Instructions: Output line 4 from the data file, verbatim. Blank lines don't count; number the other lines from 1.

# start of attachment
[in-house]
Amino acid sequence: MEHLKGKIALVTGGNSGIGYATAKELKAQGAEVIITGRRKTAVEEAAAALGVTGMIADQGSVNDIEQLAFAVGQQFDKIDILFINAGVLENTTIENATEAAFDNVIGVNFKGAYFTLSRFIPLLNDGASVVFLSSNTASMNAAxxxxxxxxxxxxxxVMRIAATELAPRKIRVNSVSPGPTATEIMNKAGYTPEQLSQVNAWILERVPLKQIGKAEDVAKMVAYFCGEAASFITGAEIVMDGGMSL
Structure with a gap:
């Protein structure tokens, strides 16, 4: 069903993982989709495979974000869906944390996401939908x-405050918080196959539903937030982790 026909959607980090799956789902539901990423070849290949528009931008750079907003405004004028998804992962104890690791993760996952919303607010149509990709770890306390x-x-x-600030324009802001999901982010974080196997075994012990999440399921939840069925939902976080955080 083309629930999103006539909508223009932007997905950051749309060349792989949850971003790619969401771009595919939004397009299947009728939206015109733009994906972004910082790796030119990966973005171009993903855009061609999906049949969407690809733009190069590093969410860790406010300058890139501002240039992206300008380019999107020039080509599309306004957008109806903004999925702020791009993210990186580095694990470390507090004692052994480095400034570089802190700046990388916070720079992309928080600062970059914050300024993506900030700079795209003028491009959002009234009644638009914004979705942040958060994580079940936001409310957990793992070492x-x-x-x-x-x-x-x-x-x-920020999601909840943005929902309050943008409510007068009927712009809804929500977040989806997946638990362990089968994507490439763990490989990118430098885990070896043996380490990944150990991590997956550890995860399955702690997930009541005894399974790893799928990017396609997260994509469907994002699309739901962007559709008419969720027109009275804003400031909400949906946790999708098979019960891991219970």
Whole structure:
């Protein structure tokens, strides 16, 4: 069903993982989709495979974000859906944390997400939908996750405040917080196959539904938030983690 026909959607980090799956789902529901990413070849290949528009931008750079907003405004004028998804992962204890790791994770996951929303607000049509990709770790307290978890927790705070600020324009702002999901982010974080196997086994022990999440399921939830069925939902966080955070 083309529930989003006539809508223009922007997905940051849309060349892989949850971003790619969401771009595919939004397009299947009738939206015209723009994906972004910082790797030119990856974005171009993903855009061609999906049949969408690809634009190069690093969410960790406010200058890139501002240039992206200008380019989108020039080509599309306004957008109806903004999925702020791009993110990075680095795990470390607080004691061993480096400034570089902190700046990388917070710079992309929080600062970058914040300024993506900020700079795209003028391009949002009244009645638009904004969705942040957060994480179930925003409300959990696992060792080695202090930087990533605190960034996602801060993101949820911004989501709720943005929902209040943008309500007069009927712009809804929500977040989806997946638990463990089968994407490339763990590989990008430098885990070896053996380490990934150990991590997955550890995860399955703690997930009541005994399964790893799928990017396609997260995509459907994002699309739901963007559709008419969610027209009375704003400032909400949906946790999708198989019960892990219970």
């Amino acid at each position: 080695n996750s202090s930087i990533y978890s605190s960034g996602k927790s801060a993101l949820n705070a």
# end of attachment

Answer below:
């Protein structure tokens, strides 16, 4: 069903993982989709495979974000869906944390996401939908x-405050918080196959539903937030982790 026909959607980090799956789902539901990423070849290949528009931008750079907003405004004028998804992962104890690791993760996952919303607010149509990709770890306390x-x-x-600030324009802001999901982010974080196997075994012990999440399921939840069925939902976080955080 083309629930999103006539909508223009932007997905950051749309060349792989949850971003790619969401771009595919939004397009299947009728939206015109733009994906972004910082790796030119990966973005171009993903855009061609999906049949969407690809733009190069590093969410860790406010300058890139501002240039992206300008380019999107020039080509599309306004957008109806903004999925702020791009993210990186580095694990470390507090004692052994480095400034570089802190700046990388916070720079992309928080600062970059914050300024993506900030700079795209003028491009959002009234009644638009914004979705942040958060994580079940936001409310957990793992070492x-x-x-x-x-x-x-x-x-x-920020999601909840943005929902309050943008409510007068009927712009809804929500977040989806997946638990362990089968994507490439763990490989990118430098885990070896043996380490990944150990991590997956550890995860399955702690997930009541005894399974790893799928990017396609997260994509469907994002699309739901962007559709008419969720027109009275804003400031909400949906946790999708098979019960891991219970």